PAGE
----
Laurel & Hardy.  Abbott & Costello.  Hope & Crosby.  Pryor & Wilder.  Hill & Tatum?

There’s a new comedic duo primed to join the greats.  And that duo is Magic Mike and the tubby kid from Superbad.

Whodathunkit?

I saw 21 Jump Street in the theater and rather liked it.  I thought it was funny and found it to be a good time.  I went on living my life.  Recently, I was visiting a friend who had never seen it.  He rented it VOD and I laughed my ass off.  I had forgotten just how funny it was.  I was primed and ready for the sequel.

If you’ve seen the first film, you understand just how genius the pairing of these two actors is.  Tatum, not known for being the best of actors, plays the ridiculously sculpted athlete who’s a bit of lunk.  Hill, who was previously known for his teen comedies, is the insecure, clumsy and book smart guy.  They put aside their differences to help each other get through the police academy and are partnered up.  Hilarity ensues.

The interplay between the two is perfect.  It’s not something that can be directed or coaxed out of an actor.  It’s the kind of chemistry that very few actors have together and it’s absolutely the best reason to see these movies.

You may have noticed that I haven’t really talked about the plot of the sequel.  Well honestly, that’s because it’s not really necessary.  The movie itself merely serves as a device to allow these two to do their thing (this time in a collegiate setting) with some great supporting turns from the likes of a dry Nick Offerman, an ever angry Ice Cube and others including character actress Jillian Bell who almost steals the movie in her few minutes of screen time.  The film is self-aware without being cute about it.  The filmmakers and actors knew they didn’t have to break new ground and yet manage to do so while serving up a story that is almost directly lifted from the first film.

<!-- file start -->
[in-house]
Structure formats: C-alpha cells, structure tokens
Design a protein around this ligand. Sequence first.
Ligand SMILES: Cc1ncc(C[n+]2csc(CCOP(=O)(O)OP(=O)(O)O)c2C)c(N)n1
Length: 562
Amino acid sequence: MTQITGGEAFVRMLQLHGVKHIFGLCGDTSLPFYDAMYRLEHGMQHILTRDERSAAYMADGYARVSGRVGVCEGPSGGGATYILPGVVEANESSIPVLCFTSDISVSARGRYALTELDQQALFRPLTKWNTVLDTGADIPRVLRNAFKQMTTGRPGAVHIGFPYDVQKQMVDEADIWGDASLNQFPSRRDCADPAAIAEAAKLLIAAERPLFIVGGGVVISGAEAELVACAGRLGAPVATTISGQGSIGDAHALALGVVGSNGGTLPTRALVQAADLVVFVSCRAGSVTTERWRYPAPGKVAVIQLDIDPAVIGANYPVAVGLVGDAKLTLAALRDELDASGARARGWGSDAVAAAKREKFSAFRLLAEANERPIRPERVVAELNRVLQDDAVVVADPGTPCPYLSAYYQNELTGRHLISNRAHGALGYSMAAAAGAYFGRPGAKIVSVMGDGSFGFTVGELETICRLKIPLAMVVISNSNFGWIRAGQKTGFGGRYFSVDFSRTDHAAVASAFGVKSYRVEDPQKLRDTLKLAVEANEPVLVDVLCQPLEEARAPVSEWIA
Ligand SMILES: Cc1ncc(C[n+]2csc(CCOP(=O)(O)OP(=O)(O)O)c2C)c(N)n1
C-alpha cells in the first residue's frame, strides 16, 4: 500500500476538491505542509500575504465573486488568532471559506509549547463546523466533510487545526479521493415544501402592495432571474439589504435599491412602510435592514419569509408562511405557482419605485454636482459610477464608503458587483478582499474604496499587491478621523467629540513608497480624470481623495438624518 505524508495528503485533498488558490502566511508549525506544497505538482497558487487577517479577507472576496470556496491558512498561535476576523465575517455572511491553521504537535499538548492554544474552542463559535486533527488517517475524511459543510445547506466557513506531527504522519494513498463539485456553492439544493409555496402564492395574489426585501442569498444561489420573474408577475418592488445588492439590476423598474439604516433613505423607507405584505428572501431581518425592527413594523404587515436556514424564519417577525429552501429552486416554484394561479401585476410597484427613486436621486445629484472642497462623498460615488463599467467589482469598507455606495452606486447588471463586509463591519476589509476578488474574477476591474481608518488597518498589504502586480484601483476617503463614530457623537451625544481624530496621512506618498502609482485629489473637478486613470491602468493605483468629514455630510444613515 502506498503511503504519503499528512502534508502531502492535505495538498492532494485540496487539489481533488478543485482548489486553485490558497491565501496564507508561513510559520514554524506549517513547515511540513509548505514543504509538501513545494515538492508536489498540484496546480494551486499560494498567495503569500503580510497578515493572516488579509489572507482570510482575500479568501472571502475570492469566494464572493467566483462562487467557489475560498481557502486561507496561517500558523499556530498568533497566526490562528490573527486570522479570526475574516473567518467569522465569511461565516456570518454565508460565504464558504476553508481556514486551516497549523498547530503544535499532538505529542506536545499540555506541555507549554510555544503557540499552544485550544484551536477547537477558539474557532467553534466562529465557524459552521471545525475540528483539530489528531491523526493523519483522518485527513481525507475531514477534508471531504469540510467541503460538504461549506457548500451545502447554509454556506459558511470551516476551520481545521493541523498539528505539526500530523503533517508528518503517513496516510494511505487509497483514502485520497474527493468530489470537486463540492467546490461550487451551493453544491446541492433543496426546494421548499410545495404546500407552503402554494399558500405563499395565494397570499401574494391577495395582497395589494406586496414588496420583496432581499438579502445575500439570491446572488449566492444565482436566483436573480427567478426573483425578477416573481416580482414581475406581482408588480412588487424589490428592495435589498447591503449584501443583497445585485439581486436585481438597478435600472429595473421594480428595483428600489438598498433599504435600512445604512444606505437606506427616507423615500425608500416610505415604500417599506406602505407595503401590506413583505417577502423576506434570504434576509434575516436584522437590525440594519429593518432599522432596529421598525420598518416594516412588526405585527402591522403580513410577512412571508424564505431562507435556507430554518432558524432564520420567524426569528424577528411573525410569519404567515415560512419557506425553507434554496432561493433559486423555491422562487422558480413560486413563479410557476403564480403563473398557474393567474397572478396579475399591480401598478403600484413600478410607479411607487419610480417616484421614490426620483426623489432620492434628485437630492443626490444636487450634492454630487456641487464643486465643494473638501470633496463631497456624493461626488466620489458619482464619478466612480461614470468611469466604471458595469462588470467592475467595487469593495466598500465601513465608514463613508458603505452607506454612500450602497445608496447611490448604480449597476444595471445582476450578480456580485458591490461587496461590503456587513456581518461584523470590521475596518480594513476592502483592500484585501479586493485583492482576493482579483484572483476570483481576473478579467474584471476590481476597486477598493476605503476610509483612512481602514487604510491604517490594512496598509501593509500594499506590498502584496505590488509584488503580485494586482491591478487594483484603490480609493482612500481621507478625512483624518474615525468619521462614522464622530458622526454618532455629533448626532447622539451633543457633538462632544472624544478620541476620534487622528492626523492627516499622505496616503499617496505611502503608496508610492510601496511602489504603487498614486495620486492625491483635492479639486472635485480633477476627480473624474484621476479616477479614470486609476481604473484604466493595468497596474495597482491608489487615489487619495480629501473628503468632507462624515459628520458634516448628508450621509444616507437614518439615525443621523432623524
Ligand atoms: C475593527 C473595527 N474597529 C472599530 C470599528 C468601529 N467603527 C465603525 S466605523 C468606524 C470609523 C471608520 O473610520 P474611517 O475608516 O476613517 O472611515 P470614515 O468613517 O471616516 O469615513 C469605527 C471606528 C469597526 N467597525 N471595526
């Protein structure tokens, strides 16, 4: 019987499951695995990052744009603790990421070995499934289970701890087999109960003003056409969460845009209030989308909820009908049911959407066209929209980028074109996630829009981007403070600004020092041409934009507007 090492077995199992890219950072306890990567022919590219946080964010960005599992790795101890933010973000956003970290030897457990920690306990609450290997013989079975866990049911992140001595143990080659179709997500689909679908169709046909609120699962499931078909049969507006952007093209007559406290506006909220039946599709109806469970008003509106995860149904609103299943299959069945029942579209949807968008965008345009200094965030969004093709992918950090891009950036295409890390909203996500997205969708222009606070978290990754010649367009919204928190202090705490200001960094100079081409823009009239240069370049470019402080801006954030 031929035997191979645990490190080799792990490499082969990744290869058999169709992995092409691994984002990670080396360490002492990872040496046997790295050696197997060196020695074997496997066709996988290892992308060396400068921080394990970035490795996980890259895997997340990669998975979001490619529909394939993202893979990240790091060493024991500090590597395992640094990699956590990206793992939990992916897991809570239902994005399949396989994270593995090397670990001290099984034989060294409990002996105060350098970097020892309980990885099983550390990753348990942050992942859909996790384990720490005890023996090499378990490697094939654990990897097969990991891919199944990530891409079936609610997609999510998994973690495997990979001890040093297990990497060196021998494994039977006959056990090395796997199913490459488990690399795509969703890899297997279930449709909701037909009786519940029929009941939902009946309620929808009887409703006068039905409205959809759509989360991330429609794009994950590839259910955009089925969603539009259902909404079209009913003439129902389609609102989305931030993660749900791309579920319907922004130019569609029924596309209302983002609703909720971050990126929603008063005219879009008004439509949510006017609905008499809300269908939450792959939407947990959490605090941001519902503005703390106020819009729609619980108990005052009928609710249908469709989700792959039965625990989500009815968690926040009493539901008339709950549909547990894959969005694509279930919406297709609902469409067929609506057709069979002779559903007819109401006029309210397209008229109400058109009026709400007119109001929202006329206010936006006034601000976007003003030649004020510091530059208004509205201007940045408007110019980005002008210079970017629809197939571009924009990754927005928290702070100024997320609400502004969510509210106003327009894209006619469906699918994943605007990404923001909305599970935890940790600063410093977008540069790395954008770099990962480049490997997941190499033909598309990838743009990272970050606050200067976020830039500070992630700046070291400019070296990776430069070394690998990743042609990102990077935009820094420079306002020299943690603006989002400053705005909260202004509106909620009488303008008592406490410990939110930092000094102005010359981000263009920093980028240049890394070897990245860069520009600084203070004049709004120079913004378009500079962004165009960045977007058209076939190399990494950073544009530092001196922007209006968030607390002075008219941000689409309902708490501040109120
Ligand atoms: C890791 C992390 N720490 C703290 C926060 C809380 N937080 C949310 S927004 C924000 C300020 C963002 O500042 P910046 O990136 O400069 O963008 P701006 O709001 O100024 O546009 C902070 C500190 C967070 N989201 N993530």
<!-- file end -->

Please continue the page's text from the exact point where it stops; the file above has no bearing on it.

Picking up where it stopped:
But it doesn’t matter.  They even use that to great comedic effect.

The plot resolves, the greatest bromance in movie history survives another test and, as the end credits roll, the viewer is gifted with a tease of further potential sequels.  I’d probably watch every last one of them.

If you enjoyed 21 Jump Street, you will enjoy this one.  It’s that simple.  And if you didn’t enjoy 21 Jump Street, what the hell is wrong with you?

If you are interested in seeing what other films I watched this week you can always check out of my profile at Letterboxd.

Previous Entries in My 100 Movies of Summer 2014 series:

The best thing I saw LAST week!